$850B market: programmable biology revolution moves to Wall Street
Biology is now programmable. This has enormous implications not just for the scientists, but for investors as well. Advances in biotechnology over the next 10 years are estimated to have a direct economic impact of up to $4 trillion per year. And the global biotechnology market is expected to reach the value of over $850B by 2027.
Scientists’ ability to read and write DNA has until now been constrained by their relative ignorance about what genetic data drives which physical outcomes. AI is finally giving them the ability to understand it. The potential for AI to provide insights from large biological data sets is transforming the field of biology. Essentially, AI will help humans make better sense of how biology works.
Combined with synthetic biology techniques, AI will enable the production of exotic materials, from more sustainable and animal-free meat, to cleaner fuels, to synthetic organs. Given these trends, the National Security Commission on Artificial Intelligence identified biotechnology as one of seven emerging technologies that will be critical to future national competitiveness
And now investors are signaling their belief in the field’s massive growth opportunity as well. Ginkgo Bioworks, a Boston-based company that aims to create a platform where cells for all industries could be manufactured, recently landed a blank-check deal that valued the company at $15 billion, more than triple what it was worth last year, and more than 100 times the company’s 2020 revenue.
Synthetic biology companies have enjoyed rapidly falling costs and growing demand from clients in emerging tech fields, which sparked venture capital interest. Ginkgo’s innovations have reduced the cost to produce a cell strain by 50% annually since 2015. At this point, there are relatively few actual products on the market, but experts say the financial rewards will be great in this field very soon.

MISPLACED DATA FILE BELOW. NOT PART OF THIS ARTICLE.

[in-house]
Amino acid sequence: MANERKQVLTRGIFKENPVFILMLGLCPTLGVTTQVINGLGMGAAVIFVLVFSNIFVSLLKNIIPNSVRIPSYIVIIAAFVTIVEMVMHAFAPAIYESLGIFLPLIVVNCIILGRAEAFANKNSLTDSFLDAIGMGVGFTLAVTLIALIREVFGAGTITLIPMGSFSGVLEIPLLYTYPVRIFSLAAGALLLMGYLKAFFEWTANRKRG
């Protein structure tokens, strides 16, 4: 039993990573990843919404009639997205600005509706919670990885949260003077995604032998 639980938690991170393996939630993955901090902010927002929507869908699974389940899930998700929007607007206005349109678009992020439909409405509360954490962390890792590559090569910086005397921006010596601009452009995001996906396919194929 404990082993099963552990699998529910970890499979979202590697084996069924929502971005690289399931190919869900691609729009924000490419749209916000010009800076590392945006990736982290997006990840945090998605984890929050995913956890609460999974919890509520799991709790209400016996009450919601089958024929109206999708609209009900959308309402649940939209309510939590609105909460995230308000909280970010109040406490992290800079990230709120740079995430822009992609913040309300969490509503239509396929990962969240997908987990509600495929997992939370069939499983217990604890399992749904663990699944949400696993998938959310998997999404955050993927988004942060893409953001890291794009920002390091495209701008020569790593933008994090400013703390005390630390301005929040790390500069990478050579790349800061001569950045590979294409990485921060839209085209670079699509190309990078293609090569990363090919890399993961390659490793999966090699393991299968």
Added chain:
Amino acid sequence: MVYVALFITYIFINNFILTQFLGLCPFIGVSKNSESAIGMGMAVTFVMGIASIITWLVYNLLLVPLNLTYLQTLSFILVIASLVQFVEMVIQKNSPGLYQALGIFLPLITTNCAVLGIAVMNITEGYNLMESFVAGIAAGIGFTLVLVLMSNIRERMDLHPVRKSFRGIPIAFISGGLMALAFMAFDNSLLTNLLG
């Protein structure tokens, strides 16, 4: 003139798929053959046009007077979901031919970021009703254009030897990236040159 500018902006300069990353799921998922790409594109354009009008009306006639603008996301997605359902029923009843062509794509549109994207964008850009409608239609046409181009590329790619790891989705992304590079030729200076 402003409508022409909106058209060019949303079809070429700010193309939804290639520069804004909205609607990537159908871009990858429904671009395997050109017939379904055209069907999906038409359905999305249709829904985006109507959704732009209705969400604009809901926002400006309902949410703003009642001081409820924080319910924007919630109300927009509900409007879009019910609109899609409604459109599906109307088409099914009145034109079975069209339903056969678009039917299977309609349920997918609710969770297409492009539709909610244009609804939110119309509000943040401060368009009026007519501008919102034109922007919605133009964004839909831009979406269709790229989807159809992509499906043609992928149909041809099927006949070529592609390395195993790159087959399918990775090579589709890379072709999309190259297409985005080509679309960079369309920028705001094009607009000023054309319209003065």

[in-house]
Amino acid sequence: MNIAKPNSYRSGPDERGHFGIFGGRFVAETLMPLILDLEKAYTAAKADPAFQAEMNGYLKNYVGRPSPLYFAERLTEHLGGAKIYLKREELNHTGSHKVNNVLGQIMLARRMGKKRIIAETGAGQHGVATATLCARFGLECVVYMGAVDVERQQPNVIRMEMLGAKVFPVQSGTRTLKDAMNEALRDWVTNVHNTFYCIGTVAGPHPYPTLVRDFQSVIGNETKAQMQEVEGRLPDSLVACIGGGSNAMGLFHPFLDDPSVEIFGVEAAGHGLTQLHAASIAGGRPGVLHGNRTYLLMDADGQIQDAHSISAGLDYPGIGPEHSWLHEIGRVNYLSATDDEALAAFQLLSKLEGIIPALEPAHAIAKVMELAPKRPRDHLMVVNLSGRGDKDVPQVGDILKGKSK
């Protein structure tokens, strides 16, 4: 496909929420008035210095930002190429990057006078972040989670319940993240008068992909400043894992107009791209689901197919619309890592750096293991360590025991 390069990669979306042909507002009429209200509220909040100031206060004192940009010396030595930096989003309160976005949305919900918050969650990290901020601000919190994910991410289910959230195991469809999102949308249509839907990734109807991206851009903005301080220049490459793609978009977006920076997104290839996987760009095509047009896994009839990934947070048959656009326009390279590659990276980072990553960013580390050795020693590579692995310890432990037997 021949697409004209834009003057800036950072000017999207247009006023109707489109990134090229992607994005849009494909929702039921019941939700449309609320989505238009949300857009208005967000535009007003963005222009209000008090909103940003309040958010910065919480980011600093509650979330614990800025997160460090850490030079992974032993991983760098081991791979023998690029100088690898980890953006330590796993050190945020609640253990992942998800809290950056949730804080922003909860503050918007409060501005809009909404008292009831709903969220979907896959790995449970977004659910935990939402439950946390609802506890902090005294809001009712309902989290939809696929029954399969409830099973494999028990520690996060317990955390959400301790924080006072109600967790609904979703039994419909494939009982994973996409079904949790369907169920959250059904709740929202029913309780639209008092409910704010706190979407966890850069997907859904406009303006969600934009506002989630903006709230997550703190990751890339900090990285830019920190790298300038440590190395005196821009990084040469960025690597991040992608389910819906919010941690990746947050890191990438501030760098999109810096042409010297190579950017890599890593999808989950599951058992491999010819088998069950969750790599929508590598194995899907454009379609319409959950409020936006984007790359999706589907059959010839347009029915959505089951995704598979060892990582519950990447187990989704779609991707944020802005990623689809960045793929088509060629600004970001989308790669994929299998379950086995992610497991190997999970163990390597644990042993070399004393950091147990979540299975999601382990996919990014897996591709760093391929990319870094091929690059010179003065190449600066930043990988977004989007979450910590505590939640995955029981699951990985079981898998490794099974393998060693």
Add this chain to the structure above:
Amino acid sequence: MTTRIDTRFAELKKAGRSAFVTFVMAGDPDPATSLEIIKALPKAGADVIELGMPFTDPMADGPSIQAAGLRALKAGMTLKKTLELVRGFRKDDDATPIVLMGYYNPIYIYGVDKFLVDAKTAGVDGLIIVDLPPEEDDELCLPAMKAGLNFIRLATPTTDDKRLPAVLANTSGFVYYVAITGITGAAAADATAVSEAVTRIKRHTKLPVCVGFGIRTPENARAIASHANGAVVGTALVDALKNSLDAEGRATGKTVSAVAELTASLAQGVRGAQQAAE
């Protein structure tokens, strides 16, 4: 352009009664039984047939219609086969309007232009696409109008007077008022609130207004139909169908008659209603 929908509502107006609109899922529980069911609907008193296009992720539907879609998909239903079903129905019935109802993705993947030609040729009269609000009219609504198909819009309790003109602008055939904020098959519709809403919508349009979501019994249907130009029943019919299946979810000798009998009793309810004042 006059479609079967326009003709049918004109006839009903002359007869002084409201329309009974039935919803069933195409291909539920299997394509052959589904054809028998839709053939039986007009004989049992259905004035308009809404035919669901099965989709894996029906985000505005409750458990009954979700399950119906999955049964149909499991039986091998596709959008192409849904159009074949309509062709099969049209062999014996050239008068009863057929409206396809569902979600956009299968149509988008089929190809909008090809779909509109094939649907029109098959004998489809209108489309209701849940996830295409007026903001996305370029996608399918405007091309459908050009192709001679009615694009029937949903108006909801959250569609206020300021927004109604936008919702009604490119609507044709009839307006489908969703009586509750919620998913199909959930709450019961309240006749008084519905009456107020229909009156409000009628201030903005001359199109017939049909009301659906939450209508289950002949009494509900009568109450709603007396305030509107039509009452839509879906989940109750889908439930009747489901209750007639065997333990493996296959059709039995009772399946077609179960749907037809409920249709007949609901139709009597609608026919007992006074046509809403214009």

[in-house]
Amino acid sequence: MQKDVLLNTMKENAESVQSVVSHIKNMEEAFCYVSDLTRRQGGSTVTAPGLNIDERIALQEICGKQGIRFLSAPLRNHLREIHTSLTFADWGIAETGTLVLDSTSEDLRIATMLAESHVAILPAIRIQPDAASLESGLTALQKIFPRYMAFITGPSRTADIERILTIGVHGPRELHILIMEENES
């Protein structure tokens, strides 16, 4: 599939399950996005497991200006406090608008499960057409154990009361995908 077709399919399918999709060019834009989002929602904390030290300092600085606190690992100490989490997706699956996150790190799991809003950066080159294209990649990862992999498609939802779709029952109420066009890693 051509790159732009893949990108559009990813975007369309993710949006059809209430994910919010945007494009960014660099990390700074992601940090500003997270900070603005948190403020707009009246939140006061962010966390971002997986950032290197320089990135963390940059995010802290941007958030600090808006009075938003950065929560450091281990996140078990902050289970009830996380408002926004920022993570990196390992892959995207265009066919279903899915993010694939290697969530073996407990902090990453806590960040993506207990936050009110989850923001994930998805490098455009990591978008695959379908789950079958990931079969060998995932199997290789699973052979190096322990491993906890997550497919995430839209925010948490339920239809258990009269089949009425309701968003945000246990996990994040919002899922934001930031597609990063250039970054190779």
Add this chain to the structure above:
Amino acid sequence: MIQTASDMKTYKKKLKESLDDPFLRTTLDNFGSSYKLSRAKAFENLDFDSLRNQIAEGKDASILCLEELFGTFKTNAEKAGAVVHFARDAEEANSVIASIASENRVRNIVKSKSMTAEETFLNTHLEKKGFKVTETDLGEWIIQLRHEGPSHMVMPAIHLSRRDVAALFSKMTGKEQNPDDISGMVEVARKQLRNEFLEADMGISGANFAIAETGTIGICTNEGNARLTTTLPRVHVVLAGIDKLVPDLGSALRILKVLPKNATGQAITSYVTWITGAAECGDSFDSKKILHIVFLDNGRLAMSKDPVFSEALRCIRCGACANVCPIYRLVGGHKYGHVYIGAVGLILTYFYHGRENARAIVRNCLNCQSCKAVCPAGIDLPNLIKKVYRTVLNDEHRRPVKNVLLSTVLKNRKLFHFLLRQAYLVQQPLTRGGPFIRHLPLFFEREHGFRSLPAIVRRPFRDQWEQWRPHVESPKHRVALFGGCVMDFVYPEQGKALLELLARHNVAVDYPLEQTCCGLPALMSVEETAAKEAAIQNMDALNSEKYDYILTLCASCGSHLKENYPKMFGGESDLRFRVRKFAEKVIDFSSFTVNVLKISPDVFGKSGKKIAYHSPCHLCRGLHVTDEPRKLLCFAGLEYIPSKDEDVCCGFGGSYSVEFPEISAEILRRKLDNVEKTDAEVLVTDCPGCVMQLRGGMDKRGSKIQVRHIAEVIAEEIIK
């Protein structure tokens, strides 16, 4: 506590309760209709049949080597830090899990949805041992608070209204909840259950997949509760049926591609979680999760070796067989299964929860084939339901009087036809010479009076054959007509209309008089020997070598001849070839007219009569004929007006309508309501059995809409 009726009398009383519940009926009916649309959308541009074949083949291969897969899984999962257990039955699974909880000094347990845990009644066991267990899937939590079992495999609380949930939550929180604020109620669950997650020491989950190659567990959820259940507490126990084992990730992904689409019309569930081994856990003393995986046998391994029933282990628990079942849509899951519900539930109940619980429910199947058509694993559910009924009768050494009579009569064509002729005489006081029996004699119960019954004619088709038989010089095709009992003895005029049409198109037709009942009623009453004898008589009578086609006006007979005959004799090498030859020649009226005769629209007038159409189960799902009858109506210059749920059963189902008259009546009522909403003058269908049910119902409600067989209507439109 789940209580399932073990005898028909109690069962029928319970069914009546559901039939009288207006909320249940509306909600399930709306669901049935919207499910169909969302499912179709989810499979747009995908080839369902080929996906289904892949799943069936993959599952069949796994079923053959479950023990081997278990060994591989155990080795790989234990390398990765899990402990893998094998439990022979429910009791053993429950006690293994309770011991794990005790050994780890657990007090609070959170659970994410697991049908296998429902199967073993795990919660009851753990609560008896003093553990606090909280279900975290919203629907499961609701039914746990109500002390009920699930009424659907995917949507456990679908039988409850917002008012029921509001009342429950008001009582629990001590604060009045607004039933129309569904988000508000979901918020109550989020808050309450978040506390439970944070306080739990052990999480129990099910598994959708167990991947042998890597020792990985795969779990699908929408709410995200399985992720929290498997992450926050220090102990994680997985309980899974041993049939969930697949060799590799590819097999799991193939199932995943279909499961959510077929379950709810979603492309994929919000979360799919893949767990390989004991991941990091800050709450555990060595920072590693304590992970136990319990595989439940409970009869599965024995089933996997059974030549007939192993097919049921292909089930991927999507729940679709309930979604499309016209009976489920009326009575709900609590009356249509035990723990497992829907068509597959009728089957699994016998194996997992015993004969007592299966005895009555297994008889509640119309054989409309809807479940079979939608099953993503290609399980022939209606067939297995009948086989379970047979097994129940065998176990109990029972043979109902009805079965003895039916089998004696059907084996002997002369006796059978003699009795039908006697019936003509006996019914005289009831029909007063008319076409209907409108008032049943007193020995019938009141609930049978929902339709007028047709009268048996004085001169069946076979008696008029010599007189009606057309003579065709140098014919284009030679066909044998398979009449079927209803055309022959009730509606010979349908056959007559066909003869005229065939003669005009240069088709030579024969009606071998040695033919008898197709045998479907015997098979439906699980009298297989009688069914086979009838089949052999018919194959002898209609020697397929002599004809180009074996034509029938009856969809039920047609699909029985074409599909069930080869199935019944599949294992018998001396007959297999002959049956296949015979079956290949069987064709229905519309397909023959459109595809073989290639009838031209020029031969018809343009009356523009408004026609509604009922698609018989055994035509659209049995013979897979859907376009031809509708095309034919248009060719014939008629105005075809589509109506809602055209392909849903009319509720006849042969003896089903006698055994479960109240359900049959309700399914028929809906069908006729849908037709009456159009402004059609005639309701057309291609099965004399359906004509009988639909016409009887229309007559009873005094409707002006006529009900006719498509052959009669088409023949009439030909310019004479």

“We bought Ginkgo Bioworks just a few months ago when its valuation was under $5 billion. We are already seeing 3x minimum return, and we believe this will be a 100-billion-dollar company ,” says Kris Bort, founding partner of Sakal Ventures, a fund that focuses on late-stage private investing. “This is an incredible company that is developing a single method for making just about any product in the world. And this method is faster, cheaper and more sustainable than conventional manufacturing. It sounds like science fiction. But the amazing thing is – it’s not! We are witnessing the dawn of synthetic biology. It is going to transform everything. The innovators working in this sector have to get creative – they have to grow the industry as a whole, not just their businesses. And Ginkgo Bioworks is doing a remarkable job in this area.”
However, the science and technology at the heart of synthetic biology companies are so complex that investors without a specific technical background may face significant challenges.
“To be successful investing in the private space you need top professionals to help you navigate, if you want a long-term winning strategy. Biotech is one of the sectors we focus on at Sakal Ventures as we create avenues into the private market for individual investors,” explains Bort. “Our approach is to buy best-in-breed companies in disruptive sectors. We purchase every security for cash and employ zero leverage.”
Right now, you have a chance to connect with the founder or head of capital development at this venture capital fund. Take this opportunity to talk to some of the brightest minds and best investors in the late-stage private space: visionaries, MIT and NYU Stern School of Business graduates. Book a FREE CONSULTATION with Sakal Ventures.